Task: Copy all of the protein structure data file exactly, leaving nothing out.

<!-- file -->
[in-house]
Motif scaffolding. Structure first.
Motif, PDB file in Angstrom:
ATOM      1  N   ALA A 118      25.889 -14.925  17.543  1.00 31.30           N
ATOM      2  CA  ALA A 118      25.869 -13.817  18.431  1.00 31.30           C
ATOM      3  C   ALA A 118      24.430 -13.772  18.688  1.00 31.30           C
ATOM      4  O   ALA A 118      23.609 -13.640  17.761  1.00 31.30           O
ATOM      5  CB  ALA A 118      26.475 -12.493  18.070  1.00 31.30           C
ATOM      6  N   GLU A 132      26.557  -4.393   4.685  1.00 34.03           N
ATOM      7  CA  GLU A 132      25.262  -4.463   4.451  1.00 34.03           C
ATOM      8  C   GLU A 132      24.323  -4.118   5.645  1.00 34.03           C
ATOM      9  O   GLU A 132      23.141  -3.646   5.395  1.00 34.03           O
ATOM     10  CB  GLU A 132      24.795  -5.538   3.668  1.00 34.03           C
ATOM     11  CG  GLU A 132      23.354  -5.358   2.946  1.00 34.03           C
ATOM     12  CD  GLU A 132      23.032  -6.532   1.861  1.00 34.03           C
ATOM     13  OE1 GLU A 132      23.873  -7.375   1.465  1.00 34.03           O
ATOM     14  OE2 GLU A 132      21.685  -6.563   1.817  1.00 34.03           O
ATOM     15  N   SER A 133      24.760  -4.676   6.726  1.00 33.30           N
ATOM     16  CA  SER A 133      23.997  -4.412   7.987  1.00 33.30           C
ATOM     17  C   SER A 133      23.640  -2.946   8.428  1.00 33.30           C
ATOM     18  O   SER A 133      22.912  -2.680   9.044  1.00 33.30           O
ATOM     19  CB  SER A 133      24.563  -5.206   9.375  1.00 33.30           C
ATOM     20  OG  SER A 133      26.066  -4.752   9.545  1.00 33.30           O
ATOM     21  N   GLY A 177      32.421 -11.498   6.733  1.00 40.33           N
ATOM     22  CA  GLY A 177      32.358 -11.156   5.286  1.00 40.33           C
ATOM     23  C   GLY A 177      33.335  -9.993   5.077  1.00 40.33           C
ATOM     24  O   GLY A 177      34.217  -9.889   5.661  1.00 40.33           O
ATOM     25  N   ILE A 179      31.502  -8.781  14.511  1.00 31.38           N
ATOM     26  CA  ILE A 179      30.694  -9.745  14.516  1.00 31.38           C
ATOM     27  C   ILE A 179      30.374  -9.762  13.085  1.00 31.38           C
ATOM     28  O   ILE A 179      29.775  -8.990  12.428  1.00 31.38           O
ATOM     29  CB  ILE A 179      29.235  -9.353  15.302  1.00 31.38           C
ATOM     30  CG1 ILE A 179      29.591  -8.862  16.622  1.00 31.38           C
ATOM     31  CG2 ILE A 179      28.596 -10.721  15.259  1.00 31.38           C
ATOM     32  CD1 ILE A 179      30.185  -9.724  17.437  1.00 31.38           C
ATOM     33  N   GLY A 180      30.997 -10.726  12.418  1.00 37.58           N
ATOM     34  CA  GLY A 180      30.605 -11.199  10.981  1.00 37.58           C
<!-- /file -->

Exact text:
[in-house]
Motif scaffolding. Structure first.
Motif, PDB file in Angstrom:
ATOM      1  N   ALA A 118      25.889 -14.925  17.543  1.00 31.30           N
ATOM      2  CA  ALA A 118      25.869 -13.817  18.431  1.00 31.30           C
ATOM      3  C   ALA A 118      24.430 -13.772  18.688  1.00 31.30           C
ATOM      4  O   ALA A 118      23.609 -13.640  17.761  1.00 31.30           O
ATOM      5  CB  ALA A 118      26.475 -12.493  18.070  1.00 31.30           C
ATOM      6  N   GLU A 132      26.557  -4.393   4.685  1.00 34.03           N
ATOM      7  CA  GLU A 132      25.262  -4.463   4.451  1.00 34.03           C
ATOM      8  C   GLU A 132      24.323  -4.118   5.645  1.00 34.03           C
ATOM      9  O   GLU A 132      23.141  -3.646   5.395  1.00 34.03           O
ATOM     10  CB  GLU A 132      24.795  -5.538   3.668  1.00 34.03           C
ATOM     11  CG  GLU A 132      23.354  -5.358   2.946  1.00 34.03           C
ATOM     12  CD  GLU A 132      23.032  -6.532   1.861  1.00 34.03           C
ATOM     13  OE1 GLU A 132      23.873  -7.375   1.465  1.00 34.03           O
ATOM     14  OE2 GLU A 132      21.685  -6.563   1.817  1.00 34.03           O
ATOM     15  N   SER A 133      24.760  -4.676   6.726  1.00 33.30           N
ATOM     16  CA  SER A 133      23.997  -4.412   7.987  1.00 33.30           C
ATOM     17  C   SER A 133      23.640  -2.946   8.428  1.00 33.30           C
ATOM     18  O   SER A 133      22.912  -2.680   9.044  1.00 33.30           O
ATOM     19  CB  SER A 133      24.563  -5.206   9.375  1.00 33.30           C
ATOM     20  OG  SER A 133      26.066  -4.752   9.545  1.00 33.30           O
ATOM     21  N   GLY A 177      32.421 -11.498   6.733  1.00 40.33           N
ATOM     22  CA  GLY A 177      32.358 -11.156   5.286  1.00 40.33           C
ATOM     23  C   GLY A 177      33.335  -9.993   5.077  1.00 40.33           C
ATOM     24  O   GLY A 177      34.217  -9.889   5.661  1.00 40.33           O
ATOM     25  N   ILE A 179      31.502  -8.781  14.511  1.00 31.38           N
ATOM     26  CA  ILE A 179      30.694  -9.745  14.516  1.00 31.38           C
ATOM     27  C   ILE A 179      30.374  -9.762  13.085  1.00 31.38           C
ATOM     28  O   ILE A 179      29.775  -8.990  12.428  1.00 31.38           O
ATOM     29  CB  ILE A 179      29.235  -9.353  15.302  1.00 31.38           C
ATOM     30  CG1 ILE A 179      29.591  -8.862  16.622  1.00 31.38           C
ATOM     31  CG2 ILE A 179      28.596 -10.721  15.259  1.00 31.38           C
ATOM     32  CD1 ILE A 179      30.185  -9.724  17.437  1.00 31.38           C
ATOM     33  N   GLY A 180      30.997 -10.726  12.418  1.00 37.58           N
ATOM     34  CA  GLY A 180      30.605 -11.199  10.981  1.00 37.58           C